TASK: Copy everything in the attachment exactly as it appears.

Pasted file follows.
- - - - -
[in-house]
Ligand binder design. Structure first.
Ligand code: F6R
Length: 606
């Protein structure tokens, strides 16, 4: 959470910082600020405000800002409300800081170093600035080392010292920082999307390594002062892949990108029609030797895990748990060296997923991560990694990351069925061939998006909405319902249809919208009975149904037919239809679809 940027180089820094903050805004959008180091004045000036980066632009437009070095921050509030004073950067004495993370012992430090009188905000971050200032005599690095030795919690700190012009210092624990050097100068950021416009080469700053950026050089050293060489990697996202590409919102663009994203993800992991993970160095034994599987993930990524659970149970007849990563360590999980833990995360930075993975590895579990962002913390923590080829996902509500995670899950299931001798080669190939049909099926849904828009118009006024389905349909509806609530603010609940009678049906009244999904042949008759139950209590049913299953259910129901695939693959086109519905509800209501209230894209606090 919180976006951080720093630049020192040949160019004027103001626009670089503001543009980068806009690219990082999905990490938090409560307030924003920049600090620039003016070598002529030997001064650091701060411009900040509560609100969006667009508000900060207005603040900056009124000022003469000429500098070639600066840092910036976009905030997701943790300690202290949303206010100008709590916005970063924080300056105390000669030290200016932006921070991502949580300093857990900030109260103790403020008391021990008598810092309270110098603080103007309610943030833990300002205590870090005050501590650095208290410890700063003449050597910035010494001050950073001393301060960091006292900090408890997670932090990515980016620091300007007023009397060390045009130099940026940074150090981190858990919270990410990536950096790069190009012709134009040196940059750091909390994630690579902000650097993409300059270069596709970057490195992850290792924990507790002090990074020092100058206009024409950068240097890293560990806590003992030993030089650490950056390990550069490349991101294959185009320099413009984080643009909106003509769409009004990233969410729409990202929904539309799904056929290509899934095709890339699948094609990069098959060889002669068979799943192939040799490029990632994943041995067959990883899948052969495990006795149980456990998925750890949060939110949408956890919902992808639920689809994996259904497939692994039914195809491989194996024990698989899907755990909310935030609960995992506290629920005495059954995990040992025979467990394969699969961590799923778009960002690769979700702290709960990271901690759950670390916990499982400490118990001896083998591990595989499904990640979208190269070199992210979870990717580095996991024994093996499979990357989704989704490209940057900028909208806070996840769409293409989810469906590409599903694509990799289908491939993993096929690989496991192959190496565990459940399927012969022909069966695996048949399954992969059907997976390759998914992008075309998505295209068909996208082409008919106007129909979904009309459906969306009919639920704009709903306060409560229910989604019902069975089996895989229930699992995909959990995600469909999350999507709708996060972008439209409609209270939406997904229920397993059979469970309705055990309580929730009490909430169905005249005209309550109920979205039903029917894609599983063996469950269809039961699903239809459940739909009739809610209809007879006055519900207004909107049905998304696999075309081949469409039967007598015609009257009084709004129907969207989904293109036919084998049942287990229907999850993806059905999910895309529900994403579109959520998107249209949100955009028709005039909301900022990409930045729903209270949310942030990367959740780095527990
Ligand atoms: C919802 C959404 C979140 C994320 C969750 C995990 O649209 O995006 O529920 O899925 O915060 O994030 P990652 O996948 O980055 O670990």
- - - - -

[in-house]
Ligand binder design. Structure first.
Ligand code: F6R
Length: 606
């Protein structure tokens, strides 16, 4: 959470910082600020405000800002409300800081170093600035080392010292920082999307390594002062892949990108029609030797895990748990060296997923991560990694990351069925061939998006909405319902249809919208009975149904037919239809679809 940027180089820094903050805004959008180091004045000036980066632009437009070095921050509030004073950067004495993370012992430090009188905000971050200032005599690095030795919690700190012009210092624990050097100068950021416009080469700053950026050089050293060489990697996202590409919102663009994203993800992991993970160095034994599987993930990524659970149970007849990563360590999980833990995360930075993975590895579990962002913390923590080829996902509500995670899950299931001798080669190939049909099926849904828009118009006024389905349909509806609530603010609940009678049906009244999904042949008759139950209590049913299953259910129901695939693959086109519905509800209501209230894209606090 919180976006951080720093630049020192040949160019004027103001626009670089503001543009980068806009690219990082999905990490938090409560307030924003920049600090620039003016070598002529030997001064650091701060411009900040509560609100969006667009508000900060207005603040900056009124000022003469000429500098070639600066840092910036976009905030997701943790300690202290949303206010100008709590916005970063924080300056105390000669030290200016932006921070991502949580300093857990900030109260103790403020008391021990008598810092309270110098603080103007309610943030833990300002205590870090005050501590650095208290410890700063003449050597910035010494001050950073001393301060960091006292900090408890997670932090990515980016620091300007007023009397060390045009130099940026940074150090981190858990919270990410990536950096790069190009012709134009040196940059750091909390994630690579902000650097993409300059270069596709970057490195992850290792924990507790002090990074020092100058206009024409950068240097890293560990806590003992030993030089650490950056390990550069490349991101294959185009320099413009984080643009909106003509769409009004990233969410729409990202929904539309799904056929290509899934095709890339699948094609990069098959060889002669068979799943192939040799490029990632994943041995067959990883899948052969495990006795149980456990998925750890949060939110949408956890919902992808639920689809994996259904497939692994039914195809491989194996024990698989899907755990909310935030609960995992506290629920005495059954995990040992025979467990394969699969961590799923778009960002690769979700702290709960990271901690759950670390916990499982400490118990001896083998591990595989499904990640979208190269070199992210979870990717580095996991024994093996499979990357989704989704490209940057900028909208806070996840769409293409989810469906590409599903694509990799289908491939993993096929690989496991192959190496565990459940399927012969022909069966695996048949399954992969059907997976390759998914992008075309998505295209068909996208082409008919106007129909979904009309459906969306009919639920704009709903306060409560229910989604019902069975089996895989229930699992995909959990995600469909999350999507709708996060972008439209409609209270939406997904229920397993059979469970309705055990309580929730009490909430169905005249005209309550109920979205039903029917894609599983063996469950269809039961699903239809459940739909009739809610209809007879006055519900207004909107049905998304696999075309081949469409039967007598015609009257009084709004129907969207989904293109036919084998049942287990229907999850993806059905999910895309529900994403579109959520998107249209949100955009028709005039909301900022990409930045729903209270949310942030990367959740780095527990
Ligand atoms: C919802 C959404 C979140 C994320 C969750 C995990 O649209 O995006 O529920 O899925 O915060 O994030 P990652 O996948 O980055 O670990």